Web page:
Poems of W.B. Yeats: The Tower

Poems of W.B. Yeats: The Tower Character List


Hanrahan is the peasant "everyman" created by the speaker. He is lame, unable to work, and fatally addicted to drink. These characteristics were typical of Irish peasants at the time that Yeats wrote this collection, although the lameness was more often metaphysical, in the face of British oppression.


Theophilus once ruled the Byzantine Empire. He was famous for having mechanical birds fashioned out of metal, which sang to his courtesans.


Plato was a Greek philosopher who believed that everything has an ideal form. Each man (or chair) is merely an expression of the perfect man (or chair).


Plotinus was a student of Plato's, who was influential in spreading the latter's teachings.

Mrs. French

Mrs. French is a wealthy Irishwoman, a member of the Protestant Ascendancy (French is patently not a Catholic name). Her manservant cut off the ears of a farmer, thinking it would please her.

Edmund Burke

Edmund Burke was a famous liberal who tried desperately to solve the "Irish Question" by advocating for some measure of self-rule for the Irish in the British Parliament. He was unsuccessful in doing so.

Henry Grattan

Henry Grattan was a famous figure in the effort for Irish emancipation. He served in the Irish House of Commons in the late 18th century. Called "Grattan's Parliament," it was Ireland's last Home Rule until independence.


A major Roman goddess, called Hera by the Greeks, Juno was the queen of all the gods.


Geoffrey Chaucer was a poet who lived in 14th-century England. He was most popular for his bawdy Canterbury Tales.


A member of the IRA.

Jacques de Molay

Leader of the Knights Templar in 14th-century France. He was buried at the stake as part of the Inquisition.


Phidias was an ancient Greek sculptor whose works are considered among the best Classical sculptures.

Loie Fuller

Loie Fuller was an American based in Paris during the 20th century. She invented many modern dance forms and patented stage lighting techniques.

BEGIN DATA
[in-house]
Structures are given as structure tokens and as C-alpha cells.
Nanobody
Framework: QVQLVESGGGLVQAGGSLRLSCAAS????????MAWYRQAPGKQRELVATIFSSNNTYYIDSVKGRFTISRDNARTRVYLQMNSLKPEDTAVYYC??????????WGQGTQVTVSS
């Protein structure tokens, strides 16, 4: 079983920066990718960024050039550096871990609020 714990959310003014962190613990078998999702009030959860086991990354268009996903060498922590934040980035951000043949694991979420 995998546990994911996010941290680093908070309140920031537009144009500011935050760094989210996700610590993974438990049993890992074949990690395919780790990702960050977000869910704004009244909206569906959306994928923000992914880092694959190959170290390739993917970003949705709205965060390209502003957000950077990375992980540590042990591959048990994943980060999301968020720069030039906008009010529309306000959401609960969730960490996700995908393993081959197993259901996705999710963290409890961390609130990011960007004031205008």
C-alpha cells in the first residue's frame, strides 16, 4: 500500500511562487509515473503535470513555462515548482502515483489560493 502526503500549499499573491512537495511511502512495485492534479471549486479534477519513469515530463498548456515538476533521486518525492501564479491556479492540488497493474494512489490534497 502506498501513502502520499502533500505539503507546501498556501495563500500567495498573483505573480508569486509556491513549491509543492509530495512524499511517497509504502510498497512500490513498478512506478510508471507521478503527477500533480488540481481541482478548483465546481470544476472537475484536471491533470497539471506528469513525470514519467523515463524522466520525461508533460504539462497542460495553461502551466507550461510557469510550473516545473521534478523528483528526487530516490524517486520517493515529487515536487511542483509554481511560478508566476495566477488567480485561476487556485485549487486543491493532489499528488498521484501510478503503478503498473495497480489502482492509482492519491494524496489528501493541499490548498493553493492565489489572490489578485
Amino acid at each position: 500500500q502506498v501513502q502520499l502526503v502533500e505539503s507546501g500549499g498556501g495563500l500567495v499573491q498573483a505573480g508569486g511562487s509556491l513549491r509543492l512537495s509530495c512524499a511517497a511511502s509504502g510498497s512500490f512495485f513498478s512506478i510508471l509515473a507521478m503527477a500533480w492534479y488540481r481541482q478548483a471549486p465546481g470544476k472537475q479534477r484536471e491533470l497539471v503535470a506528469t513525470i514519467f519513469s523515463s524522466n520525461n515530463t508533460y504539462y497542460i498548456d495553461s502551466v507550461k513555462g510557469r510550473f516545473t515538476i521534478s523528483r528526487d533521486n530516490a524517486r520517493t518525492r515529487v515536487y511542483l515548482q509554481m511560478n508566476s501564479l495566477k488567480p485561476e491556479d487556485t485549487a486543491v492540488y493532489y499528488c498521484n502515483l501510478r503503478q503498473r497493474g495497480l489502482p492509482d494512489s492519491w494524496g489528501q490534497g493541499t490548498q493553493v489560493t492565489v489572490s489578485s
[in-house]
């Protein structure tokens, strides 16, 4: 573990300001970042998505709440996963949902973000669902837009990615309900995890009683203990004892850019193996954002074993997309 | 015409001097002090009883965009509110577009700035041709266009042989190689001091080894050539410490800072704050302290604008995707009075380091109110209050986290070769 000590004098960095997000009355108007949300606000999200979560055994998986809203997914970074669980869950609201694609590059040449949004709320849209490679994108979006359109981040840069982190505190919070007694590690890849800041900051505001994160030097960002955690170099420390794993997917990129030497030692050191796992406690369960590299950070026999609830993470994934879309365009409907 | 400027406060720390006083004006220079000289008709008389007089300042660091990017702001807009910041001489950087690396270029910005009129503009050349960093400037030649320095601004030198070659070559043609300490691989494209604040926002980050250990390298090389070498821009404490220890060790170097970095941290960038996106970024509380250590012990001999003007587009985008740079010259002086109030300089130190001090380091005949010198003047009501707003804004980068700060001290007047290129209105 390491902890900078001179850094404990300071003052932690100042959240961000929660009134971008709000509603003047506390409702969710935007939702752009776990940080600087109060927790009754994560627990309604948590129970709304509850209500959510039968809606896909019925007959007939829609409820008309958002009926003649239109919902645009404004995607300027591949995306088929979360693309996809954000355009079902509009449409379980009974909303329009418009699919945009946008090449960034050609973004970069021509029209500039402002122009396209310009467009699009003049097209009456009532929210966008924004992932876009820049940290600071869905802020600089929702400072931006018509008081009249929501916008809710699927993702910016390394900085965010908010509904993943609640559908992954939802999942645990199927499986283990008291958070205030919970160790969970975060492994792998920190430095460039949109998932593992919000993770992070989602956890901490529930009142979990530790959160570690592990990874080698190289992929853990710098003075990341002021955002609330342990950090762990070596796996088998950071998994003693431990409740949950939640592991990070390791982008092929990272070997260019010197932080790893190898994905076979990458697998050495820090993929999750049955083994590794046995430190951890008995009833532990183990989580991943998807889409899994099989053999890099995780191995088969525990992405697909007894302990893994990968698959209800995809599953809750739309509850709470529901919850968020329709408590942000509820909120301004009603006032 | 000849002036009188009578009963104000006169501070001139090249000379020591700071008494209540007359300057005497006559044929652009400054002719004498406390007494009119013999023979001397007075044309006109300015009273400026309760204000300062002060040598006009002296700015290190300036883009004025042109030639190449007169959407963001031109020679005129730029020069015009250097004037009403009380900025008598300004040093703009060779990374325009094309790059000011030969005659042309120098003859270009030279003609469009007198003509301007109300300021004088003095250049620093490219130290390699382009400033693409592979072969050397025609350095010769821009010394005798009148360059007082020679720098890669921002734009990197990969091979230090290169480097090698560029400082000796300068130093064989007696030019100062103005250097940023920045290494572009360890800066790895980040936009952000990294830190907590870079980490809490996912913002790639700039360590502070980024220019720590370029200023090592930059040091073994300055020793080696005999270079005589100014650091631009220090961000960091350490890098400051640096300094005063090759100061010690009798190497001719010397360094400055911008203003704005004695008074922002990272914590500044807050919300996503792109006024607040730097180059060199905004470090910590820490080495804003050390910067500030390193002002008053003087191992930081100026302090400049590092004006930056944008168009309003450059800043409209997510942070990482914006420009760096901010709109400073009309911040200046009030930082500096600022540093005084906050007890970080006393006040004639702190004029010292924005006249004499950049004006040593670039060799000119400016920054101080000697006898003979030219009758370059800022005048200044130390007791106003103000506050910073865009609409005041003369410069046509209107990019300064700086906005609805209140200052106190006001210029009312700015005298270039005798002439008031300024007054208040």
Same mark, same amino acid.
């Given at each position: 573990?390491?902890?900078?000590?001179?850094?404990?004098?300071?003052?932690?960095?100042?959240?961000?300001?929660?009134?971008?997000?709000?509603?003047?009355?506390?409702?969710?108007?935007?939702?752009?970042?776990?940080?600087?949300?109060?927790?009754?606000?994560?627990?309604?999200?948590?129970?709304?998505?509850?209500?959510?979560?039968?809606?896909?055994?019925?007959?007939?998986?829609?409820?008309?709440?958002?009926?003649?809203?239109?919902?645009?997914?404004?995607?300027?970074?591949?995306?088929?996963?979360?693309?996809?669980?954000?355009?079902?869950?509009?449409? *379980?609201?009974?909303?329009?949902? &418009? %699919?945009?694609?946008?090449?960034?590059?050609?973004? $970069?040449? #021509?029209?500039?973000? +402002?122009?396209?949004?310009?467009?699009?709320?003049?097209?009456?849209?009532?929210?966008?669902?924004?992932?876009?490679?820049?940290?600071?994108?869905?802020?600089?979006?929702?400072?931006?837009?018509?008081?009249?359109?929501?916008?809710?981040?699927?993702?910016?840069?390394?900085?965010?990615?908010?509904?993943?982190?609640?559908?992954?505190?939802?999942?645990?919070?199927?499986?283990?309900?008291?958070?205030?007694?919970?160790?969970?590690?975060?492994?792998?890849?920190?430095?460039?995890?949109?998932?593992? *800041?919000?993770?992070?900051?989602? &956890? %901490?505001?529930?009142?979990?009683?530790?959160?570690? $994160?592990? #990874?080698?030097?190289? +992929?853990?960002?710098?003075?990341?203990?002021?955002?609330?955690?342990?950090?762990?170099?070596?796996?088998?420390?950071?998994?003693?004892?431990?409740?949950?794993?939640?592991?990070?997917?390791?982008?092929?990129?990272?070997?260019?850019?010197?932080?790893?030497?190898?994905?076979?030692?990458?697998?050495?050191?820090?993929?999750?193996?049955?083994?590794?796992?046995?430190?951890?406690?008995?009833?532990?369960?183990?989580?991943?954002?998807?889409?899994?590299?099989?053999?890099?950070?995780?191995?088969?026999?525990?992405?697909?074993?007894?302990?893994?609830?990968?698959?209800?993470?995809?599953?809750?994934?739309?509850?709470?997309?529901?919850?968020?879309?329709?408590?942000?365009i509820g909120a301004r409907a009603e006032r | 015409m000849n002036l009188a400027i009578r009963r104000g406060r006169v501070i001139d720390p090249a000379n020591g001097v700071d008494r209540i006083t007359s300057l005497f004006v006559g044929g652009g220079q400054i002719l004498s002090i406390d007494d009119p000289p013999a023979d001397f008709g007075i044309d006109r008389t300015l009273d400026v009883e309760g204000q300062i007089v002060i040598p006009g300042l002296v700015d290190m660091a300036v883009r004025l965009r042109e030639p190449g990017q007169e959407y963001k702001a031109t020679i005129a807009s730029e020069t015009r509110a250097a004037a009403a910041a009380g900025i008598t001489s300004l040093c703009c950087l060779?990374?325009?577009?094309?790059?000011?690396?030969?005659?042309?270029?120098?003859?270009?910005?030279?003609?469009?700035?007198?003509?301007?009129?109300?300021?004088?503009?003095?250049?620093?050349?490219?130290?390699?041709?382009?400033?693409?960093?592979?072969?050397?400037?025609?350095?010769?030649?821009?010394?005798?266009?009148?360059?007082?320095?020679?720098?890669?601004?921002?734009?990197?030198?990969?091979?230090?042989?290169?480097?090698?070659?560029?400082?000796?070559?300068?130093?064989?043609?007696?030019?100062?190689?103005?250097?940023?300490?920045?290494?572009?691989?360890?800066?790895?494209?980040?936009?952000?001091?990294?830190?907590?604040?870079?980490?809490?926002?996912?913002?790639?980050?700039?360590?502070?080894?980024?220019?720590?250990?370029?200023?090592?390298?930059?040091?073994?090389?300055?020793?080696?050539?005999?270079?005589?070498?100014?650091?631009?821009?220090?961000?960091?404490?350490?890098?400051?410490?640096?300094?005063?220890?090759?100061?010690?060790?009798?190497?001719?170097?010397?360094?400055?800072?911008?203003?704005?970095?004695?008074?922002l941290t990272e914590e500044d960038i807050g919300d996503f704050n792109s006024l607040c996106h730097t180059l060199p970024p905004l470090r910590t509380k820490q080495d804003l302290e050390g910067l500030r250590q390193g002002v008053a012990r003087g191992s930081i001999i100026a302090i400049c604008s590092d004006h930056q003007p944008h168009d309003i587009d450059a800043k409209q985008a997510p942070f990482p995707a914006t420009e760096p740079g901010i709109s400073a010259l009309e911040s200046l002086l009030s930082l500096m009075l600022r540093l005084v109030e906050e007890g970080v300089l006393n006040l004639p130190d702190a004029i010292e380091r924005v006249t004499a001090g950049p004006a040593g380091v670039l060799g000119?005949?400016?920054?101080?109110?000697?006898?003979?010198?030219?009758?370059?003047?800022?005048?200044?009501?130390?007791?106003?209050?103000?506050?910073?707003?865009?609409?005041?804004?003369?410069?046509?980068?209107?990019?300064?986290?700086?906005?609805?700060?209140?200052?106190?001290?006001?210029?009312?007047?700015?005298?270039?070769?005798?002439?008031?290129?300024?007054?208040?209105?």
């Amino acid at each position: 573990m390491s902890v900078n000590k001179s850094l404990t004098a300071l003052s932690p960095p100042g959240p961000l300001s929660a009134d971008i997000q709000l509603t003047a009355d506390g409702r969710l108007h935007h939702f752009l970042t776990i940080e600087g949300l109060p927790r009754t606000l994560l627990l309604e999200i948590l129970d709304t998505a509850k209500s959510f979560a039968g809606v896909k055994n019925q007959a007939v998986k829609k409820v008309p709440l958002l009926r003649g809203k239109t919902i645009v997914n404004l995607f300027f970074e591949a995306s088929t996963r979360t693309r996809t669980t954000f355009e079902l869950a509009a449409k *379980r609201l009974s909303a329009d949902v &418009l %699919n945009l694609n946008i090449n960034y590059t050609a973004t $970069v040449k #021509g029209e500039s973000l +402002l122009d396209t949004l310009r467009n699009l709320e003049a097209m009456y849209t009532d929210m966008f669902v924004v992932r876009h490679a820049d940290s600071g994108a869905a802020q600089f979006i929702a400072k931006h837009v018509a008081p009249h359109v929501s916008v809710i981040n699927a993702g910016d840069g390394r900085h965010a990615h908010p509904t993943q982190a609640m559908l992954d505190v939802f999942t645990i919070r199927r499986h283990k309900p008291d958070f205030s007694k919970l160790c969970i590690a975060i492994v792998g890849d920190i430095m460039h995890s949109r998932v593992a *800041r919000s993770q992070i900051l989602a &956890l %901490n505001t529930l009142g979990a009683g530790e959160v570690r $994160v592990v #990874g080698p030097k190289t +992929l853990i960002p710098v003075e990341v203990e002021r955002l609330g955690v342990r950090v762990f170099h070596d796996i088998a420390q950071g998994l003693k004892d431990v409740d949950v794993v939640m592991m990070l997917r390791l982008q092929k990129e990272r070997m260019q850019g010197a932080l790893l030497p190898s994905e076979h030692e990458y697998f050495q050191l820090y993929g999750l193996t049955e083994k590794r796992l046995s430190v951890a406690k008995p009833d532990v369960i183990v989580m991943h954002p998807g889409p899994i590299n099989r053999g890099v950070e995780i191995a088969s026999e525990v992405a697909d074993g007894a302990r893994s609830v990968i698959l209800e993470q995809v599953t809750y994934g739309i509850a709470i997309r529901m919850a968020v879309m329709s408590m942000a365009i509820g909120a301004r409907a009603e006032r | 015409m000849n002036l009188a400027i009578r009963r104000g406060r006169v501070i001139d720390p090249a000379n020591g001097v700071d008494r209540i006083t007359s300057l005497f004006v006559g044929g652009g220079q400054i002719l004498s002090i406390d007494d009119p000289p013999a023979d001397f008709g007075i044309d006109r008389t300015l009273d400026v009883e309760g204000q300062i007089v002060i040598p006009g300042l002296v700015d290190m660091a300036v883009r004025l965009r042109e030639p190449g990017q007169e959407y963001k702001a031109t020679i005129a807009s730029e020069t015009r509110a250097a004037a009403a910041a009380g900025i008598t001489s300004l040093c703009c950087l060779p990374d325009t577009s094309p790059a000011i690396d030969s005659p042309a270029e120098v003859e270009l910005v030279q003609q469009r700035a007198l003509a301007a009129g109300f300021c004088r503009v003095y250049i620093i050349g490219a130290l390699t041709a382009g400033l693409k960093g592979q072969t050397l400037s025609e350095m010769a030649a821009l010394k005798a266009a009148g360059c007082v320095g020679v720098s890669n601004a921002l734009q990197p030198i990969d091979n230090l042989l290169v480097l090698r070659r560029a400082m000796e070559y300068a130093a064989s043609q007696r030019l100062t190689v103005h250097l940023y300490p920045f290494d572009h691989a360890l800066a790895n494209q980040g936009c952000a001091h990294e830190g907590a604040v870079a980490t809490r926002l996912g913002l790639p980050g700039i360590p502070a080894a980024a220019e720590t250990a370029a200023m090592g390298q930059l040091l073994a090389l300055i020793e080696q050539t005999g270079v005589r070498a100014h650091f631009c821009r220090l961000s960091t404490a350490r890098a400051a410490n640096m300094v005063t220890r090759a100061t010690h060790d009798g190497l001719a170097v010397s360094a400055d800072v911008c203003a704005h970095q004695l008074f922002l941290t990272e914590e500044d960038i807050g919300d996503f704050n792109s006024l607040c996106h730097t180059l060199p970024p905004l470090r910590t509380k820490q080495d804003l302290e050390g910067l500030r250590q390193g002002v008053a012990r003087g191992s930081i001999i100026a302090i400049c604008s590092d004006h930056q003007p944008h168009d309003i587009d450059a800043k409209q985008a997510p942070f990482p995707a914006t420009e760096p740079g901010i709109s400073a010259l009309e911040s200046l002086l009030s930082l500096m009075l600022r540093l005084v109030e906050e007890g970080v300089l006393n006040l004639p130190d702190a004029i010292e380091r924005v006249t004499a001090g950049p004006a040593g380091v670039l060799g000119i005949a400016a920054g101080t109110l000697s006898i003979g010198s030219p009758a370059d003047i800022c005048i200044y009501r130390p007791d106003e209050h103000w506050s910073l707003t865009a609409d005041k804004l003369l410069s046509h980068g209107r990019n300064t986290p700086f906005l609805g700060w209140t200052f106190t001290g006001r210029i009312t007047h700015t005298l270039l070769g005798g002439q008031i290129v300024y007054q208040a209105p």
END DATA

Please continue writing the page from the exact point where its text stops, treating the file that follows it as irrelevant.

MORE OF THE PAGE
Sato is the most common Japanese last name. "Sato's house" is used by Yeats to describe Japan.


A fat knight that appears as a comic character in several of Shakespeare's plays. He is Prince Hal's sidekick.


Herodias was a real Jewish queen. In the gospels, she uses her daughter Salome's dance as leverage to ask for the head of John the Baptist.

Lady Kyteler

Lady Alice Kyteler was accused in the 14th century of the murder of her husbands and of having sex with demons. She fled from Ireland to England.

Robert Artisson

Robert Artisson is said to be the name of one of the demons Lady Kyteler had sex with.


Michael is the name of the speaker's infant son in "A Prayer for My Son."


Dionysus (also known as Bacchus) was the Roman god of wine and merriment.


John Locke was a Scottish Enlightenment thinker who advocated for democracy.


Leda was a Spartan queen who was the mother of Helen of Troy, who precipitated the Trojan War. In mythology, Leda is raped by Zeus in the guise of a swan.


Agamemnon was the Greek hero who launched the attack on Troy. He was in love with Helen of Troy.

Edmund Dulac

Dulac was a French illustrator who was a contemporary of Yeats'.

Owen Aherne

Owen Aherne was a member of the same theosophical circle that Yeats belonged to. He also appears as a character in Yeats' The Vision, which deals more directly with theosophy.


Hector was the Trojan prince who led the defense against Agamemnon during the Trojan War. He was reluctant to fight at all.


Madge is a friend whom the poet watches go mad in her old age. She wraps a rock up in a cloak and sings to it as if it were a child.


Peter is an old friend of the poet's whom he watches go mad. He stands on a stone and crows like a peacock.